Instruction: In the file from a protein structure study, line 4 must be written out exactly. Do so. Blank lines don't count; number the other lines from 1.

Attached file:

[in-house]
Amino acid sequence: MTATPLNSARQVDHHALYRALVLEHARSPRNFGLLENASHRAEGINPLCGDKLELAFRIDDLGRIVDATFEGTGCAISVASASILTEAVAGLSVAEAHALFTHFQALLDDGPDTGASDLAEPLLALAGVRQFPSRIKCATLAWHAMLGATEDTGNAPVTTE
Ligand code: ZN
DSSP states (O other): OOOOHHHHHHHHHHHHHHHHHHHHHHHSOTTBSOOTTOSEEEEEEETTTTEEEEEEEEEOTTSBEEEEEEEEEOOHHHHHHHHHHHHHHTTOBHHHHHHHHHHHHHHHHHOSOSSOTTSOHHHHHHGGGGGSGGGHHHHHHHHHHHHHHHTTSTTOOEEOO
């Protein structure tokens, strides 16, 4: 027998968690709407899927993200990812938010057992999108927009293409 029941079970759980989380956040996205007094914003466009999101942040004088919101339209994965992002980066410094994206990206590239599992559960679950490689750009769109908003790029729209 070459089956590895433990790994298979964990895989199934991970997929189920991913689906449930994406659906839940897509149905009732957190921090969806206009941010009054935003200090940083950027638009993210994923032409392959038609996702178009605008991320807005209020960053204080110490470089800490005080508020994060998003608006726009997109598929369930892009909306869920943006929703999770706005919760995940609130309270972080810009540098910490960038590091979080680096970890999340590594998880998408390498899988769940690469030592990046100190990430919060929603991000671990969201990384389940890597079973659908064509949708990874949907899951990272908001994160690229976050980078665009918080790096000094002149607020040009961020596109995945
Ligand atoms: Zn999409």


DSSP states (O other): OOOOHHHHHHHHHHHHHHHHHHHHHHHSOTTBSOOTTOSEEEEEEETTTTEEEEEEEEEOTTSBEEEEEEEEEOOHHHHHHHHHHHHHHTTOBHHHHHHHHHHHHHHHHHOSOSSOTTSOHHHHHHGGGGGSGGGHHHHHHHHHHHHHHHTTSTTOOEEOO